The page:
• Add 1/3 beaten egg white to the yolk mixture and fold using a spatula. Gently fold in the next 1/3, and then the last remaining 1/3 of beaten egg whites, ensuring that the egg whites are well incorporated at each stage of folding. Be careful not to overfold.
  • Gently tap the bowl on the counter top to eliminate air pockets. Pour the batter into an ungreased 20 cm chiffon tube pan and gently run a thin spatula in an 'S' motion throughout the batter as air pockets may be trapped while pouring batter into the pan. Ensure that the batter reaches the same height all around the pan, and smooth the surface evenly.
  • Bake at the lowest rack in the oven for 40 to 45 mins or until a skewer inserted comes out clean. When done, remove from the oven and immediately invert the tube pan onto a cake rack to cool for at least 30 minutes before loosening the cake. Note: It is perfectly normal for the surface of the batter to crack during baking; however, if it starts to crack before the first 15 mins of baking has passed, it may indicate that the oven temp is too high.
  • To loosen the cake, turn it up again so that the surface of the cake is now facing up. Insert a flat blade in between the cake and pan and run the blade around the circumference of the pan, pressing against the pan as much as possible. Then invert the pan again so that the bottom of the pan is now facing up. Gently tap or push the pan's base to loosen the cake from the sides of the pan. Then run the blade between the base and the bottom of the cake to loosen it from the base of the pan.


#1. The unused pandan juice can be stored in an airtight container and will keep well for up to 5 days, if stored in a refrigerator. If pandan juice is unavailable, this imgredient may be omitted. Alternatively, you may use 3/8 tsp of pandan paste, in place of 1/4 tsp pandan paste, in the recipe.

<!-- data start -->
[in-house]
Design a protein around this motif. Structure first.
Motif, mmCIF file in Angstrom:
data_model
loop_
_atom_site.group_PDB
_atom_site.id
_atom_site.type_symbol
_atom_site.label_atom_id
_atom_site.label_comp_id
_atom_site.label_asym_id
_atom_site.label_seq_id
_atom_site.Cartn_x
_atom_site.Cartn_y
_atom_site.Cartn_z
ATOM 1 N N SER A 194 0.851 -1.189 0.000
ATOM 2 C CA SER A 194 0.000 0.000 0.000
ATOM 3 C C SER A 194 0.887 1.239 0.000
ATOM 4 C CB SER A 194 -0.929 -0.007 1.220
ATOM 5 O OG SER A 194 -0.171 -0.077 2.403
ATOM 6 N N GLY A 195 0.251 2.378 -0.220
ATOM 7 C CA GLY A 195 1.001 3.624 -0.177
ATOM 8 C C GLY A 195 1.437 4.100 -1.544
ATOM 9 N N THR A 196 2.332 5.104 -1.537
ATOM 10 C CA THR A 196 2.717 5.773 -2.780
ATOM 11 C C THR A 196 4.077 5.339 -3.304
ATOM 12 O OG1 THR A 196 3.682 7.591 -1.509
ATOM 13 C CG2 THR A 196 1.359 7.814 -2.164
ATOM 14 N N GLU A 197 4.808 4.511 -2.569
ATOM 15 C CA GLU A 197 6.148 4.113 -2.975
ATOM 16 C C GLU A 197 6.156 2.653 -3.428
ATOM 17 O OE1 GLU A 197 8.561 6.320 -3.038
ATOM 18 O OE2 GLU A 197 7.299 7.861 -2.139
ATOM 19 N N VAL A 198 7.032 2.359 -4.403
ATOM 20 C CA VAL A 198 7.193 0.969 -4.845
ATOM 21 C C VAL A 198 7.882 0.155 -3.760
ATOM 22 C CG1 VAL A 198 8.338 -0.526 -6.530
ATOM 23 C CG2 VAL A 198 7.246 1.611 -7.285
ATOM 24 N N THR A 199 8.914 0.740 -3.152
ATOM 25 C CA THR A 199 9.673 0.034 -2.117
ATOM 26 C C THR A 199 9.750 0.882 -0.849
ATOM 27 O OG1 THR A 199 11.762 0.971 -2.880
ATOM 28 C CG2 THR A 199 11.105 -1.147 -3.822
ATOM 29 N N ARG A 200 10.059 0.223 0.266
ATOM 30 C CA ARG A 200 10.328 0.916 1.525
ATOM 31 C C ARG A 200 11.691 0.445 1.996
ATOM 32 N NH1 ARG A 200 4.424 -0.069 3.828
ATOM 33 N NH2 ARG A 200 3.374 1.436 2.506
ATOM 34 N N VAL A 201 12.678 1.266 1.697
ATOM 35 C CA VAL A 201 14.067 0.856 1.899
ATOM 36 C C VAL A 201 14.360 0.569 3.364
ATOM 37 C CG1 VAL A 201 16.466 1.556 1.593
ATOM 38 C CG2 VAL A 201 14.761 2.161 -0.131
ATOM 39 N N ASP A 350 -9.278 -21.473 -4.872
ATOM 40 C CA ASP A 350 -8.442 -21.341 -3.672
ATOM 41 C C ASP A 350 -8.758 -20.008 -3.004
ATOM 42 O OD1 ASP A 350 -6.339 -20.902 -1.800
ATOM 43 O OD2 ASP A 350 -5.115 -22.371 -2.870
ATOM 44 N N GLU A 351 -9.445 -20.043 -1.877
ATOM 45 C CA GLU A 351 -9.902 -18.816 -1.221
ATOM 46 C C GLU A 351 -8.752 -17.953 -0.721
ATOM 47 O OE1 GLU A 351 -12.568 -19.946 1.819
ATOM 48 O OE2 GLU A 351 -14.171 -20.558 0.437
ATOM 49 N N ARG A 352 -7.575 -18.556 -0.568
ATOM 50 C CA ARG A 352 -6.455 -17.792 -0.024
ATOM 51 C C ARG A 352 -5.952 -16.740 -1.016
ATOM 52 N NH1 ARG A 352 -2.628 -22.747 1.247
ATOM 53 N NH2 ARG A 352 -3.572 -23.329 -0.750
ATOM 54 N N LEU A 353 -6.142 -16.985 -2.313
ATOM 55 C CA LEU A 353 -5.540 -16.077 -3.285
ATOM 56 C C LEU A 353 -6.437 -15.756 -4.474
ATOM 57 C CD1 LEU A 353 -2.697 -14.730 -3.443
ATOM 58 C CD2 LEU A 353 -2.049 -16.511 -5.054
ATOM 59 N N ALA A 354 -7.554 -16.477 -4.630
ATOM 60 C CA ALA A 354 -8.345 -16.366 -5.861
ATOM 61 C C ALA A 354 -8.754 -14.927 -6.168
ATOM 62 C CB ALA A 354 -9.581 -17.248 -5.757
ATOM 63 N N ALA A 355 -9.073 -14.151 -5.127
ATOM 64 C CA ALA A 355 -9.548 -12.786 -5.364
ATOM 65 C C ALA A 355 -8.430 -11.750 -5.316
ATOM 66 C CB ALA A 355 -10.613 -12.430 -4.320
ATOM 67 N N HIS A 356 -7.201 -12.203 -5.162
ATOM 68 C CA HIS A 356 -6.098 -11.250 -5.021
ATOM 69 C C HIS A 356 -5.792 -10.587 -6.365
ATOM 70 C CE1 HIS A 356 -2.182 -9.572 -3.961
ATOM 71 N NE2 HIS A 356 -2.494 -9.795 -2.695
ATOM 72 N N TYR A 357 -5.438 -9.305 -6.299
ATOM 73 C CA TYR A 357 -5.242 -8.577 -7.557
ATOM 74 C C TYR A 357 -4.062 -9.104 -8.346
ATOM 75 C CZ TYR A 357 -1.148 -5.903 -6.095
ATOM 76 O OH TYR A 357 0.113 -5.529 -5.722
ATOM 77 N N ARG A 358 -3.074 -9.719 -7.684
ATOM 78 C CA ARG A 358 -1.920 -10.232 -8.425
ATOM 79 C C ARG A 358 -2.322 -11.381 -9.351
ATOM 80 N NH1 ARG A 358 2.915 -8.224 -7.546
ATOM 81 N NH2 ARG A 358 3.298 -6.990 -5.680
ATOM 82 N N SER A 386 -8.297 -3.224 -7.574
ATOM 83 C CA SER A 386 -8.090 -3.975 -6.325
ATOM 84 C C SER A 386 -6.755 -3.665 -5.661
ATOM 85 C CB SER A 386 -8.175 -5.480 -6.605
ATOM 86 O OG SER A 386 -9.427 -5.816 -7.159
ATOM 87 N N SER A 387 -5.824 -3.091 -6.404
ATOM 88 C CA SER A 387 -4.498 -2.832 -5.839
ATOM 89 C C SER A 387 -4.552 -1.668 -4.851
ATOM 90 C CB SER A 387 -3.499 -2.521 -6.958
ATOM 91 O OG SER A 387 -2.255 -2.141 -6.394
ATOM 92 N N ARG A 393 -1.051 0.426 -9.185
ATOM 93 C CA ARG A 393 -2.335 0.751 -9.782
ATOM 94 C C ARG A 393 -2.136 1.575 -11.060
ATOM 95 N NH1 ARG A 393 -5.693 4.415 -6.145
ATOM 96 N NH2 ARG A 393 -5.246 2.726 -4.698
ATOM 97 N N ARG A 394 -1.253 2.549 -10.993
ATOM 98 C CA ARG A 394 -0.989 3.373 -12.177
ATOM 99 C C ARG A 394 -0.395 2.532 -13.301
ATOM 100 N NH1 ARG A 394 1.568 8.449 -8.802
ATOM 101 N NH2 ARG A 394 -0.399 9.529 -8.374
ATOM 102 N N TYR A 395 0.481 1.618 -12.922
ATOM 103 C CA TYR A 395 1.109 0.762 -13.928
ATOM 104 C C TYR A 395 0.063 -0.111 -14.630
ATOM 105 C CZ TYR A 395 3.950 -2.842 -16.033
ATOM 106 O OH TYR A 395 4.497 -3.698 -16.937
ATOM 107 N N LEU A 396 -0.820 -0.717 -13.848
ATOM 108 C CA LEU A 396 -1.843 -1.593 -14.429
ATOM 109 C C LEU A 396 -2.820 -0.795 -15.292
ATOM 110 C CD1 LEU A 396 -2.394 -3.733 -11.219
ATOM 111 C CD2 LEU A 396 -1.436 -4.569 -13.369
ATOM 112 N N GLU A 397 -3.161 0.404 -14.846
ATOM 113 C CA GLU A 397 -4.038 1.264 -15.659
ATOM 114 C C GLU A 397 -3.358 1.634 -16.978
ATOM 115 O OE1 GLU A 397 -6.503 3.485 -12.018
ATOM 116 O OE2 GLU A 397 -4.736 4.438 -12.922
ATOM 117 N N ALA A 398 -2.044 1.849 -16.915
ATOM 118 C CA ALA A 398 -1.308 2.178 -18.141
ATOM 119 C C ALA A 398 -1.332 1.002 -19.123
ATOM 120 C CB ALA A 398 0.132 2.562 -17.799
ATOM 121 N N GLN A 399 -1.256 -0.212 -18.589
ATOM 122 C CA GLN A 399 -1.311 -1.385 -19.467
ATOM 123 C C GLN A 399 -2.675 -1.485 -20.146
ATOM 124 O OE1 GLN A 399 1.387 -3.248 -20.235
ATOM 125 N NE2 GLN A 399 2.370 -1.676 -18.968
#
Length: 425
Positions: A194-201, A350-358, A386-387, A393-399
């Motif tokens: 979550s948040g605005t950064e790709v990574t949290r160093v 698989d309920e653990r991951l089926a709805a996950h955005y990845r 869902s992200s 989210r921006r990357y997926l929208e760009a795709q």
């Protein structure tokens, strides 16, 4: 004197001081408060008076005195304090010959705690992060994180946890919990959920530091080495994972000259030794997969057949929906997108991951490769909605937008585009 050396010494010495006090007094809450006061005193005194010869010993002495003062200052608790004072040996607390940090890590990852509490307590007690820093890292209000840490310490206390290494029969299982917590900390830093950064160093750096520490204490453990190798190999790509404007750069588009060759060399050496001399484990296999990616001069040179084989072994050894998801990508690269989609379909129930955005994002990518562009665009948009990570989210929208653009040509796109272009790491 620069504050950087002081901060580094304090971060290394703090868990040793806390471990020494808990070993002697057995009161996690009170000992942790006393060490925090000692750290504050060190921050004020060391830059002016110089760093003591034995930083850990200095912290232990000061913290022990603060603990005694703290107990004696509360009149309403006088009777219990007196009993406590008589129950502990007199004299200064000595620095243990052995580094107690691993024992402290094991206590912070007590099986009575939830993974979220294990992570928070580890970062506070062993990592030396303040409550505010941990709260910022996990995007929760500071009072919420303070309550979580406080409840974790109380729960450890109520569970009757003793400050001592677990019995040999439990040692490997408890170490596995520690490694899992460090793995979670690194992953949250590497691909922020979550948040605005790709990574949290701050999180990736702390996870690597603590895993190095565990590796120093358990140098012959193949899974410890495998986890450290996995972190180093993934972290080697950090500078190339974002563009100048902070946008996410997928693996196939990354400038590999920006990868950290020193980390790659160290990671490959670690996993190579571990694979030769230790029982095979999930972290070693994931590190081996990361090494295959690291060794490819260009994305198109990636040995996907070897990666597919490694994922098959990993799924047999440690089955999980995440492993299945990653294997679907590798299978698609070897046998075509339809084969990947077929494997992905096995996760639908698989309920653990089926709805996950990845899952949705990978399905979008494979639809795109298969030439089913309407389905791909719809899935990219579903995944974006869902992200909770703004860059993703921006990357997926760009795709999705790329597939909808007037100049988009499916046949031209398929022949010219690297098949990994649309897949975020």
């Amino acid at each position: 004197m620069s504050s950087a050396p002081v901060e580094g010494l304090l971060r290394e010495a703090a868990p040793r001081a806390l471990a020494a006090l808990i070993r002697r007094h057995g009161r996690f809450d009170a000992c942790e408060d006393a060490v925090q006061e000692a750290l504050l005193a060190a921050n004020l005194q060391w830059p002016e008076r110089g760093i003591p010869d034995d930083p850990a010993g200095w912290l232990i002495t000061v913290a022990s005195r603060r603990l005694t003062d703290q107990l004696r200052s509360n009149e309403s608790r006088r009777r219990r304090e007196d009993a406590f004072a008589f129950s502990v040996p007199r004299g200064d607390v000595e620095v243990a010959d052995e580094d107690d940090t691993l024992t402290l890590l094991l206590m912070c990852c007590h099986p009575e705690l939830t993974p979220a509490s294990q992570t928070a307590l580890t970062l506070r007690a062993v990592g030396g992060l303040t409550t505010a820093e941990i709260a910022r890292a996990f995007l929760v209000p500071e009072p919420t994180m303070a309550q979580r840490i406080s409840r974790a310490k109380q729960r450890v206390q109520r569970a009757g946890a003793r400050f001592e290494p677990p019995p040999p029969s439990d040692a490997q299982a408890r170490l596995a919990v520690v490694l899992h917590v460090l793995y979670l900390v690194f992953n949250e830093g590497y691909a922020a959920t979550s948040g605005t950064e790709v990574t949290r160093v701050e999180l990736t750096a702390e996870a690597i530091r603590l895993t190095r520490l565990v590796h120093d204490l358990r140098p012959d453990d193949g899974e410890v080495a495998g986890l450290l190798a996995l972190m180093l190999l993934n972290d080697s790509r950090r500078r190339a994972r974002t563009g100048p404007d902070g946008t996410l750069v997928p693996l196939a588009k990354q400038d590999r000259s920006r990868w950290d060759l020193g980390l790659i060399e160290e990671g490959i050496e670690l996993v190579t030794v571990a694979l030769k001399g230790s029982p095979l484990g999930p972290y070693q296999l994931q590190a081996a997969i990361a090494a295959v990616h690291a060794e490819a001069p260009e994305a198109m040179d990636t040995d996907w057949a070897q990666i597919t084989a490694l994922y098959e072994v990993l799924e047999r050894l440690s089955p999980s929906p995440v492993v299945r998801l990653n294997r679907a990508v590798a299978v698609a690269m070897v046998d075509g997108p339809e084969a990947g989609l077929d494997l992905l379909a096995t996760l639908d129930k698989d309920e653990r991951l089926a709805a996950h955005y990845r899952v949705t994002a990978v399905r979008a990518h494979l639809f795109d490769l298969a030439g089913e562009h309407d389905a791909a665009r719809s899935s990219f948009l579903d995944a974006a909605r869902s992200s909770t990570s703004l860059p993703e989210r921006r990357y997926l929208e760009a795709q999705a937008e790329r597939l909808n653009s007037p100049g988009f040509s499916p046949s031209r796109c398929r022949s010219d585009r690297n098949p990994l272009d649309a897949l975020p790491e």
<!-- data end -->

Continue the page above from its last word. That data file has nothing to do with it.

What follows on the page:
Did you make this? Share it on Instagram!I'd love to see! Don't forget to mention @foodelicacy or tag #foodelicacy so we can drool with you!


  1. Hi Celia,

    Thanks for the flavourful recipe ! I love the taste but I was not successful even after 2 attempts. Both occassion, the cake raised after baking. The first time, I did not flip over and it shrunk. Second time, I inverted the cake tin immediately after taking out from the oven. The whole cake fall off after like 5 minutes. What could have gone wrong? Over whisking of egg white or the folding was not complete and thorough?

  2. Hi Celia,

    I have forgotten to mention that I used a 23cm cake tin with your recipe for 100g flour. Could the tin be oversize?

  3. Hi Catherine, it sounds like the egg whites might have been over-whipped if the cake rose and then sank after cooling, and also if texture turned out dry. Try whipping to stiff peak stage – this is when you lift the whisk and turn it upside down, the egg whites on the whisk should hold its shape straight up, and maybe droop just a little at the tip. Also, another readon that the cake could sink is if the egg whites were not folded evenly or well enough into the batter. Hope you keep trying – chiffon cakes are a little tricky and takes practise to get it right, but you will get there!??